To James Madison
Philadelphia June 10. 1792.
|city & county of N.Y.||603||739|
The poll of the N.Y. election stood the day before yesterday thus. General Schuyler1 says there will be about 16,000 voters and offers to bet 3. to 1. as far as 500. guineas that Jay will still be elected. However he seems to be alone here in that expectation. We dined together at the P’s on Thursday, and happening to set next one another, we got, towards the close of the afternoon, into a little contest whether hereditary descent or election was most likely to bring wise and honest men into public councils. He for the former, Pinkney and my self for the latter. I was not displeased to find the P. attended to the conversation as it will be a corroboration of the design imputed to that party in my letter.—At a dinner of Jay-ites yesterday R.M. mentioned to the company that Clinton was to be vice-president, that the Antis intended to set him up. Bingham joined in attesting the project, which appeared new to the rest of the company. I paid Genl. Irvin 50 D. for Mr. Moore, the receipt he had, vouching it. Adieu. Yours affectionately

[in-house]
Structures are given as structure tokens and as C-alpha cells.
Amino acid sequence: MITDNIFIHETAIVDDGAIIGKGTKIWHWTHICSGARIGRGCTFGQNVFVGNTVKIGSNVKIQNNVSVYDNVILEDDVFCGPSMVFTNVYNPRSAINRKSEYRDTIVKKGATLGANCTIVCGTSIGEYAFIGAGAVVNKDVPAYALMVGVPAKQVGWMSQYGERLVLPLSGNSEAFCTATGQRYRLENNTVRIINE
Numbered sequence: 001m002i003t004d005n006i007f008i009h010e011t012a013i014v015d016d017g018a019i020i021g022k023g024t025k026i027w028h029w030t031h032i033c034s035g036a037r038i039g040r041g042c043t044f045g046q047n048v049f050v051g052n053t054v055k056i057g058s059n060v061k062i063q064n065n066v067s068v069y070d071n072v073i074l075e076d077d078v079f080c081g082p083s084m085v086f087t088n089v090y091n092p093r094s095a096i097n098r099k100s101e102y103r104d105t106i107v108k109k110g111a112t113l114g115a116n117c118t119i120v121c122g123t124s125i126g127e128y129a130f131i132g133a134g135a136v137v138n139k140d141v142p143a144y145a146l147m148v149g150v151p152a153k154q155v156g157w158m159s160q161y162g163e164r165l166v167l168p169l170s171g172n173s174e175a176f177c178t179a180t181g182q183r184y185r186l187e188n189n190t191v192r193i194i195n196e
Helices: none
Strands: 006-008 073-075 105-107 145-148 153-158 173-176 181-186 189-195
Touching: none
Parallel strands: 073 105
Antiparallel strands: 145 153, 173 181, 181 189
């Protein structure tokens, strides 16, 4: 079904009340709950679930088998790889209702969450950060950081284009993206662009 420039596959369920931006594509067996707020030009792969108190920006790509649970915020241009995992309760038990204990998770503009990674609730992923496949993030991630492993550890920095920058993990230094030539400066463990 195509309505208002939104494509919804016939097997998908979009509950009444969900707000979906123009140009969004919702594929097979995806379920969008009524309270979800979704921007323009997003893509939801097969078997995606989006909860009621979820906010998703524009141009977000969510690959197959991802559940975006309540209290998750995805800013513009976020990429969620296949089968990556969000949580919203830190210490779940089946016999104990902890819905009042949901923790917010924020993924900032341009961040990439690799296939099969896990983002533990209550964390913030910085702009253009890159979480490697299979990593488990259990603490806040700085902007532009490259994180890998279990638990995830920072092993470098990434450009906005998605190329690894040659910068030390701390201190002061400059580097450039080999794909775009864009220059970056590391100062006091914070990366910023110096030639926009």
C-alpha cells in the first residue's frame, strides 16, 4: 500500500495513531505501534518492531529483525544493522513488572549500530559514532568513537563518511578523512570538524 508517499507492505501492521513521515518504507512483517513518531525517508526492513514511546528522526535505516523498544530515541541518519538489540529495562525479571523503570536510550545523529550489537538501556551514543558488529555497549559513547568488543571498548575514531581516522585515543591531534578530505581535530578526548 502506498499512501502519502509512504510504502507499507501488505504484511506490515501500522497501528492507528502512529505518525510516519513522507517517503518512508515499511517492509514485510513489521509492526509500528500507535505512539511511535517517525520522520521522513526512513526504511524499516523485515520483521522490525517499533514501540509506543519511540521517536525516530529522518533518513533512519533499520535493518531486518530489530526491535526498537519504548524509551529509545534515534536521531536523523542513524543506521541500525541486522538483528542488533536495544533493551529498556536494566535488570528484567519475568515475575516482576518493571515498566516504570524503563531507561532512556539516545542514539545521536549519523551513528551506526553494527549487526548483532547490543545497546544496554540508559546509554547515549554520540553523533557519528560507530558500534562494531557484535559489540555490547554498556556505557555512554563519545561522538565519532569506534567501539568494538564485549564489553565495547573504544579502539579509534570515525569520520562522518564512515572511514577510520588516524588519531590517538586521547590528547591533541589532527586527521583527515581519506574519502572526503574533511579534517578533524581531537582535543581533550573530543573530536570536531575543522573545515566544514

RC (DLC: Madison Papers); unsigned; at head of text: “No. 3”; at foot of text: “Mr. Madison.” PrC (DLC). Tr (DLC); 19th-century copy.
The letter TJ referred to was that of 23 May 1792 to President Washington. R.M.: Senator Robert Morris of Pennsylvania. For a discussion of the disputed New York gubernatorial election between George Clinton and John Jay, see Mary-Jo Kline and others, eds., Political Correspondence and Public Papers of Aaron Burr, 2 vols. (Princeton, 1983), i, 106–17.
1. Word interlined in place of “Clinton.”